Our Sleep Journey

Posted by  | Saturday, October 25, 2008  at 8:18 PM  
I have never felt comfortable with the CIO method. It truly made my stomach queasy just thinking about ACTUALLY doing it. Laney had the worst case of reflux any and everyone I knew had ever seen. It splattered all over our hardwood floors ALL-DAY-LONG, all over me, all over her, matted in my hair (that's why I eventually cut it shorter) for ONE WHOLE YEAR. Literally. I don't know how she gained a pound. She wore bibs with every outfit all day long for a year, and you never saw me without a burp cloth in hand or on shoulder. Now, knowing that, let's jump to sleep issues.

As a new Mom, I felt a lot of pressure from media, books, and even other mom-friends to try the CIO with Laney early on. That "issue" was all that was talked about amongst new moms and all that everyone asked me about, "Is she sleeping through the night yet?" I felt like that was my one and only task that I had to master and the sooner the better. I now know that many people were mainly asking if I was finally getting adequate sleep, but my mind was zoning in on this "task at hand" that my heart didn't want to face. I DID NOT want to do CIO, but felt like I was "supposed" to. I was downright delirious from a lack of sleep and dreamt of sleeping a whole night. So, despite the heart wrenching, the one time I tried to CIO method was when she was two months old. I was standing in the crack of her door, biting my finger and itching to bust in and save my girl. After a few minutes, the crying completely stopped, and I heard her choking on her reflux. It was gurgling in her throat. At that point, I DID bust through the door as fast as my feet would move, and I picked her up, held her close and decided in that moment, NO CIO for me. "Nope. I won't even entertain it until this reflux is gone," I said. So, I experienced nine loooong months of broken sleep. Was it tough? You better believe it. I was EXHAUSTED. How did I make it? God's grace. Laney did "sleep through the night" early on but the technical term "sleep through the night" means five straight hours according to the books. That is NOT sleeping through the night for me. The main reason I had to get up was to keep putting her paci back in her mouth and that's altogether a whole different issue at hand and one in which I will not delve in this post. Other times I'd be up thirty minutes to an hour, depending on if she was teething. Ouch! That takes a toll on a Mama when Baby wakes up at 6:30 or 7:00 am.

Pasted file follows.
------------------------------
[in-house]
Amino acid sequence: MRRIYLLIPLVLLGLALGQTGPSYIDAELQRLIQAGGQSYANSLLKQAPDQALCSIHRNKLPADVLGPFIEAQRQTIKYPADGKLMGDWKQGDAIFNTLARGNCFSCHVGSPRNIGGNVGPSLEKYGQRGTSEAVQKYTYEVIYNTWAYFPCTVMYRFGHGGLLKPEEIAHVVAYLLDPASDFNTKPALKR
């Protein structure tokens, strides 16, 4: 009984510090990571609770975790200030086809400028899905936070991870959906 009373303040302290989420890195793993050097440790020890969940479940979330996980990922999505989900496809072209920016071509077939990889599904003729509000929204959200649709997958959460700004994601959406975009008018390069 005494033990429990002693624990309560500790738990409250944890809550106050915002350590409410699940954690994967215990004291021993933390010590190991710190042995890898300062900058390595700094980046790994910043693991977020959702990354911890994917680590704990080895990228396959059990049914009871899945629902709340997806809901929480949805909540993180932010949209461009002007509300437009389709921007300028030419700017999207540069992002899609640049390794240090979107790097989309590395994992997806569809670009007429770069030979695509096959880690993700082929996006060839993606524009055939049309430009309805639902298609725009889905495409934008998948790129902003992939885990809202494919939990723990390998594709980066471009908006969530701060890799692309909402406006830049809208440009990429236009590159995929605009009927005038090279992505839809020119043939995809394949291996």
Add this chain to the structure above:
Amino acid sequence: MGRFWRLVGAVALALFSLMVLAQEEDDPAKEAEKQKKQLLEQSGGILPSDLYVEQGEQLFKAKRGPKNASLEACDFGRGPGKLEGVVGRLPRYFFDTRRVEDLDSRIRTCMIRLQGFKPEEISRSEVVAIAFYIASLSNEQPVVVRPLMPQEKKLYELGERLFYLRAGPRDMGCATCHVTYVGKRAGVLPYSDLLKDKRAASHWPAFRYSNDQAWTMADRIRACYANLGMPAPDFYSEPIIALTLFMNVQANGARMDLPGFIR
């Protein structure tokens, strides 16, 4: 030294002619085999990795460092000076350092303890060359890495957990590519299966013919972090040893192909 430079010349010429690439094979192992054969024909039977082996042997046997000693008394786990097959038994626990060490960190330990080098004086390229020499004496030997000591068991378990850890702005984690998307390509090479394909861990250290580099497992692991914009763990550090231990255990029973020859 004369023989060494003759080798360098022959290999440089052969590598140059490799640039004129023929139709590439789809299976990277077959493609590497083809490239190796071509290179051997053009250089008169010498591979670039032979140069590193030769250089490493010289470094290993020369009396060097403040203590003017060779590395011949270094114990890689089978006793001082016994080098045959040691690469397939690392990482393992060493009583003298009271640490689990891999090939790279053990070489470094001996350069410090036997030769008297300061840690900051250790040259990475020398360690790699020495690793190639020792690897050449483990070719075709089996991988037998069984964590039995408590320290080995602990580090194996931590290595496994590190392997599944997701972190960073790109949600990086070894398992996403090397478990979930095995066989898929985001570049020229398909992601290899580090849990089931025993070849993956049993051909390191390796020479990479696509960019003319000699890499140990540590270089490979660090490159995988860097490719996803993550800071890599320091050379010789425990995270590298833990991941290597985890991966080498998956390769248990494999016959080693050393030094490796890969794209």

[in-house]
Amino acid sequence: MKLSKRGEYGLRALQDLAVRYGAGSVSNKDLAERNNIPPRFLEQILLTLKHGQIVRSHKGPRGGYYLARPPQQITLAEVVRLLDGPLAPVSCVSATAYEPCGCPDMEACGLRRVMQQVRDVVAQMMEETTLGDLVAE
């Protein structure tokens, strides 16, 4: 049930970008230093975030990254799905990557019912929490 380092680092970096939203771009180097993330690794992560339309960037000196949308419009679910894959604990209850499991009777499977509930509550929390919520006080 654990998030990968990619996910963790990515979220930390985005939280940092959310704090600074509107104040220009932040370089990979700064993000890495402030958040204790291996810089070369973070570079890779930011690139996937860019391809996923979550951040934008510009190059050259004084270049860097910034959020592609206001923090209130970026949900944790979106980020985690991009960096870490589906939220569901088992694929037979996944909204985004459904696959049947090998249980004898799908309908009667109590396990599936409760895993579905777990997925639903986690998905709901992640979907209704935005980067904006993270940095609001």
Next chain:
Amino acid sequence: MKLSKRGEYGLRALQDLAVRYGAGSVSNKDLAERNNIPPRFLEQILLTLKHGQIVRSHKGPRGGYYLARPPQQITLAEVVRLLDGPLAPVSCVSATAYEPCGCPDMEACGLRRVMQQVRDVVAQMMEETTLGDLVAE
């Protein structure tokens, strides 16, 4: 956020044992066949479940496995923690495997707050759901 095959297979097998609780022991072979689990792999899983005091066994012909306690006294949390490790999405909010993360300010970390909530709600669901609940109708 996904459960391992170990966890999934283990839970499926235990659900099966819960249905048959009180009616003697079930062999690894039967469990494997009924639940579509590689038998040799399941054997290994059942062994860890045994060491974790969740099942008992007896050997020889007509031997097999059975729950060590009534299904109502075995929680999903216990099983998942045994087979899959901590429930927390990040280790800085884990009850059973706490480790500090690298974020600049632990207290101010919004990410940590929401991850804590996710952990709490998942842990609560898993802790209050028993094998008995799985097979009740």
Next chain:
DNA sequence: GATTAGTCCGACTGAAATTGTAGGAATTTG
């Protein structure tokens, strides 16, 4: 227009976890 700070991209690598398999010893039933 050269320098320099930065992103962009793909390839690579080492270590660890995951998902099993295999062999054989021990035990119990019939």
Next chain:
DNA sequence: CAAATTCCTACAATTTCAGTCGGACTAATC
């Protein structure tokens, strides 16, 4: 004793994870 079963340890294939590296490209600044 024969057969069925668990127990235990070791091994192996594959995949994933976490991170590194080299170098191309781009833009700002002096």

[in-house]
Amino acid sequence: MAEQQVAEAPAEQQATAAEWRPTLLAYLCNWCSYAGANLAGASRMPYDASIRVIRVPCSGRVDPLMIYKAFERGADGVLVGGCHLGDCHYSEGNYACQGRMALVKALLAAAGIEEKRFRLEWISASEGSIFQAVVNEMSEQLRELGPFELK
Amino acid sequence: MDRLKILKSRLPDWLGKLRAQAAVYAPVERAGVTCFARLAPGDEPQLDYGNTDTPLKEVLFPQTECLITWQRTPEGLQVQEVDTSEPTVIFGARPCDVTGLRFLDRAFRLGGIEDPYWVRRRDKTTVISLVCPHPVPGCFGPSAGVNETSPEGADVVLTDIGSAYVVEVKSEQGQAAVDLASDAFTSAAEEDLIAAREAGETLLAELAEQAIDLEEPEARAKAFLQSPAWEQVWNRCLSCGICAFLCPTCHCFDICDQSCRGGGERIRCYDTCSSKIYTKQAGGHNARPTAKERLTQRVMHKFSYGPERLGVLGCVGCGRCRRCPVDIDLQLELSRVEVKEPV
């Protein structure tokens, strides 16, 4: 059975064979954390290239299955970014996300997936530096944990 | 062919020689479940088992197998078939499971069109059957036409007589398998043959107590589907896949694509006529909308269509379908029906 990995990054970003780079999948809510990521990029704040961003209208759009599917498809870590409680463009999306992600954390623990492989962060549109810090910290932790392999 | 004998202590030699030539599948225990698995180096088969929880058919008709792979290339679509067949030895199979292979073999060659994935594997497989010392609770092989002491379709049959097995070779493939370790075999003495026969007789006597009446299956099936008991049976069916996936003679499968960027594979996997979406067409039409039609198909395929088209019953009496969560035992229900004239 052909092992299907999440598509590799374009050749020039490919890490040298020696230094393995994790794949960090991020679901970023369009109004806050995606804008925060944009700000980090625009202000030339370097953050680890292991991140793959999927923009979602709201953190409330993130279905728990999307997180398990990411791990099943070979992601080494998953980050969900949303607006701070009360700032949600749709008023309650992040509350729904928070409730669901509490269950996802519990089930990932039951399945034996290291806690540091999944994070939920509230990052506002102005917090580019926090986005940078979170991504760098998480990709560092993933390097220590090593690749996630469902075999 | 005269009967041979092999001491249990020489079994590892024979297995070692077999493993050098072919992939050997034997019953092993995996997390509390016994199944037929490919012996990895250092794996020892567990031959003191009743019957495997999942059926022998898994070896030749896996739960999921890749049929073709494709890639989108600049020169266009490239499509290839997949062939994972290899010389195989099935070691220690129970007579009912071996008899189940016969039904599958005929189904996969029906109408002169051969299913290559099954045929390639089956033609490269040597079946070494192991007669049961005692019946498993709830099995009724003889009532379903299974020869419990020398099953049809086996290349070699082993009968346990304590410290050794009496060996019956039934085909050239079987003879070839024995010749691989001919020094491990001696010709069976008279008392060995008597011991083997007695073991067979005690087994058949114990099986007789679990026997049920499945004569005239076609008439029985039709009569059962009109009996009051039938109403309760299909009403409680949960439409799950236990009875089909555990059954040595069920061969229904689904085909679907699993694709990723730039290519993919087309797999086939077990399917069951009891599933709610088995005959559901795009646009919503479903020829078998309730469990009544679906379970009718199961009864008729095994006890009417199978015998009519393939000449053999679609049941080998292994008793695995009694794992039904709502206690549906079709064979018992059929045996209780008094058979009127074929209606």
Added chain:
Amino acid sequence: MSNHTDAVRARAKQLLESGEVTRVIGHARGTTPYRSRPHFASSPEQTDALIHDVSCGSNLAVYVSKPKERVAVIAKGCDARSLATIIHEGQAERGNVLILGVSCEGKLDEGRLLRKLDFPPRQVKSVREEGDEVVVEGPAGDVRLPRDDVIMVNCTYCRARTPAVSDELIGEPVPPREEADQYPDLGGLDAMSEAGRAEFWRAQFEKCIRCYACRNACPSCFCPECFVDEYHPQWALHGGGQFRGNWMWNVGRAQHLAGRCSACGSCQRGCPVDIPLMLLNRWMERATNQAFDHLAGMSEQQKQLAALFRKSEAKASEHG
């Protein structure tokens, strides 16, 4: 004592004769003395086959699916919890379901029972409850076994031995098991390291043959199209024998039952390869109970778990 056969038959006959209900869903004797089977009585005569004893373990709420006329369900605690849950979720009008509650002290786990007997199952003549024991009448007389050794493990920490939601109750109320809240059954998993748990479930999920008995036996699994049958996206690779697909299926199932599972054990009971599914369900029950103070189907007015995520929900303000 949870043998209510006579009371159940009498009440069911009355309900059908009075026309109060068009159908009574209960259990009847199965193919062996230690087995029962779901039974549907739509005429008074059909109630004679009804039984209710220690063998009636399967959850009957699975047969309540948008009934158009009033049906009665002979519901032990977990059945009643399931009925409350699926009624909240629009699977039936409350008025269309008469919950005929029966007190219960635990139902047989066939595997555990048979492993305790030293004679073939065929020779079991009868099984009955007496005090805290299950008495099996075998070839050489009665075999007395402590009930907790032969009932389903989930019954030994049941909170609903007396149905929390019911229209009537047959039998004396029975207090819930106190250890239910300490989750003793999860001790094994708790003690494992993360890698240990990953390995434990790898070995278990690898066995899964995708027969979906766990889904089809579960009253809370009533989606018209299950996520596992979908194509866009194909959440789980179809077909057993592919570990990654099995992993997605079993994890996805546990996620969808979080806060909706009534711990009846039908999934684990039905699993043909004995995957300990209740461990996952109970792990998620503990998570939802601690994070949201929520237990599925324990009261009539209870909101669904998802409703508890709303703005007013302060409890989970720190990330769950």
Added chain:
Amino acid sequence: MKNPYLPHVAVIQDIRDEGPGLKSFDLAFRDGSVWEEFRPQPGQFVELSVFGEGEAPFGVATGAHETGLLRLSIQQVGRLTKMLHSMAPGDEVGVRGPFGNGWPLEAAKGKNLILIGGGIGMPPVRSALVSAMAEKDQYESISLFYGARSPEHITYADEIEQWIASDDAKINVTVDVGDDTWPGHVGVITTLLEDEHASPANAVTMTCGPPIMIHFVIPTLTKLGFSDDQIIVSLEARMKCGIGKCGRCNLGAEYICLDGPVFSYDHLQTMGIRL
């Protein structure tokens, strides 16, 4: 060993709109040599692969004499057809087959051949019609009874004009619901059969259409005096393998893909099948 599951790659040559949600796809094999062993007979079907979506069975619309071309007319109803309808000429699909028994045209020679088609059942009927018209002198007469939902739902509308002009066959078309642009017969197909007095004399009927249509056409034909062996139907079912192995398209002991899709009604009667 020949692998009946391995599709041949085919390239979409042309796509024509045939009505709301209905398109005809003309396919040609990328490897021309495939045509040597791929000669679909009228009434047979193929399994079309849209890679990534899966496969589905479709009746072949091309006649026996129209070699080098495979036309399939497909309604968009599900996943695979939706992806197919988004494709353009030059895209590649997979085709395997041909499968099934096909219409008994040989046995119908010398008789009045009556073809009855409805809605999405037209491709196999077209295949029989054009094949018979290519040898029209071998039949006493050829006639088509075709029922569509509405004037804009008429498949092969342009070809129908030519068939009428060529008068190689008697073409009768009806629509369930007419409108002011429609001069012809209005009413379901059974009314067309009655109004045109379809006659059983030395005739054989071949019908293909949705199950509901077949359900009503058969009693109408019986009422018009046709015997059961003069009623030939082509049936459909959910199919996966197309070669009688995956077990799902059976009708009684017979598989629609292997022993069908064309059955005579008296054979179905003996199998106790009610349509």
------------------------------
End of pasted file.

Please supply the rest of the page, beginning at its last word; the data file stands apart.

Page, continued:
After Laney turned nine months, the reflux significantly improved about 80%. She still spit-up, but was NOTHING like it used to be the first nine months. At this point, I felt like I could entertain the idea of helping her self-soothe, but I still wasn't keen on the idea of CIO. But I tried it a day or so, and regretted every second of it. I thought to myself, "There has to be another way." I knew that when she cried during the night, she was not primarily crying from hunger or was in any pain, but mainly was crying because of her need for Mommy. I felt at that age, she really needed to know that when she cried, someone was there. "At that age" are the key words here and ones I will address in another post. Some may call this spoiling a child. I call it "consistency." I didn't want to send mixed signals, where sometimes I responded to her cry and then sometimes not, for up to hours possibly. Let me just say for the record, I believe every Mother (and every family) has her/their own convictions either way they choose, and I respect their decision. This choice was my family's personal conviction with Laney, her condition and our overall feelings toward CIO. I, in no way, am saying that those who choose to CIO with their children aren't tender-hearted or are insensitive. No way, no how. I want you to understand that I am definitely not saying that. No matter who you are, the heart of mother, whose child is CIO, breaks every second until it's over with. I respect the other POH authors and my friends for the decisions they made with their children, for every mother and every child is different. Hands down, they are all ABSOLUTELY AMAZING mothers.